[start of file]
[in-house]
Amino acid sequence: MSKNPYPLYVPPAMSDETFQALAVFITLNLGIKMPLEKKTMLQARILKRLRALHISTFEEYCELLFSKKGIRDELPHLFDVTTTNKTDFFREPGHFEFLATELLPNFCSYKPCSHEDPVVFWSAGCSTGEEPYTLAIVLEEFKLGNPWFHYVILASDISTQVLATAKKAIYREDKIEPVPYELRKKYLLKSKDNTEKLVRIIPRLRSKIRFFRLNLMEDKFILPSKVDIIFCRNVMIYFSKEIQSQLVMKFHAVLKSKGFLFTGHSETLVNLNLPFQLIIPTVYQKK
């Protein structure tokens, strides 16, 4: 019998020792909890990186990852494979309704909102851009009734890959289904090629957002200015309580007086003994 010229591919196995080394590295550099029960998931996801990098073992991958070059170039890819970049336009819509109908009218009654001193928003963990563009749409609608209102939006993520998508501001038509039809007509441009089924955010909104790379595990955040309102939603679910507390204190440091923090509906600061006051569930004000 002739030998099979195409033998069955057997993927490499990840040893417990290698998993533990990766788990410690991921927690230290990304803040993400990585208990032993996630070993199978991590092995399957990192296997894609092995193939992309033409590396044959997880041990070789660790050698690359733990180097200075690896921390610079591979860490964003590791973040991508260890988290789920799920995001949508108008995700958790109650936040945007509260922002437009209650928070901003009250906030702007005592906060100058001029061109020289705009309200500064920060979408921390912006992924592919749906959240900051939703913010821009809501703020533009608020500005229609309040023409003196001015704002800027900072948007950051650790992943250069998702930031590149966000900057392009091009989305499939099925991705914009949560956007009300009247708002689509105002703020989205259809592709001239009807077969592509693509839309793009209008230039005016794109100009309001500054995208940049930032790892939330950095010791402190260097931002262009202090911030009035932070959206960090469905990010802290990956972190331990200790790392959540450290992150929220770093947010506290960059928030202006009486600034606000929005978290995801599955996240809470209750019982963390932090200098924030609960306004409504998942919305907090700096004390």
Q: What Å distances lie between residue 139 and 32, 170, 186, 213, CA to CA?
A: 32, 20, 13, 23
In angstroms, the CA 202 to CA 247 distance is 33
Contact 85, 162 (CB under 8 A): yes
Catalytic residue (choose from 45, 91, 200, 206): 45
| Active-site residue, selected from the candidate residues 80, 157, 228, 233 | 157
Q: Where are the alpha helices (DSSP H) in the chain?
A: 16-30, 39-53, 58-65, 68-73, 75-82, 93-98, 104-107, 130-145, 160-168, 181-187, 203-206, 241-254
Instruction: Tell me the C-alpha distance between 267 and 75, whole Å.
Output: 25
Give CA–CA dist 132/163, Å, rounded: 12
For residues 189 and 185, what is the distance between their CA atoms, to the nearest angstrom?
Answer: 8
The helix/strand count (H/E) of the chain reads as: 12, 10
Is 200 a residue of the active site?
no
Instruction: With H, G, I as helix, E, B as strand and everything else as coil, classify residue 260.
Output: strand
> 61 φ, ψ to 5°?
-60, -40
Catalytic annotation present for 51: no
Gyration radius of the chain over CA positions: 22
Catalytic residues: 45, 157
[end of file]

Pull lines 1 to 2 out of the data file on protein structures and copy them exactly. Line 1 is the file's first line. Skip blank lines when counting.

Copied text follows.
[in-house]
Amino acid sequence: MSKNPYPLYVPPAMSDETFQALAVFITLNLGIKMPLEKKTMLQARILKRLRALHISTFEEYCELLFSKKGIRDELPHLFDVTTTNKTDFFREPGHFEFLATELLPNFCSYKPCSHEDPVVFWSAGCSTGEEPYTLAIVLEEFKLGNPWFHYVILASDISTQVLATAKKAIYREDKIEPVPYELRKKYLLKSKDNTEKLVRIIPRLRSKIRFFRLNLMEDKFILPSKVDIIFCRNVMIYFSKEIQSQLVMKFHAVLKSKGFLFTGHSETLVNLNLPFQLIIPTVYQKK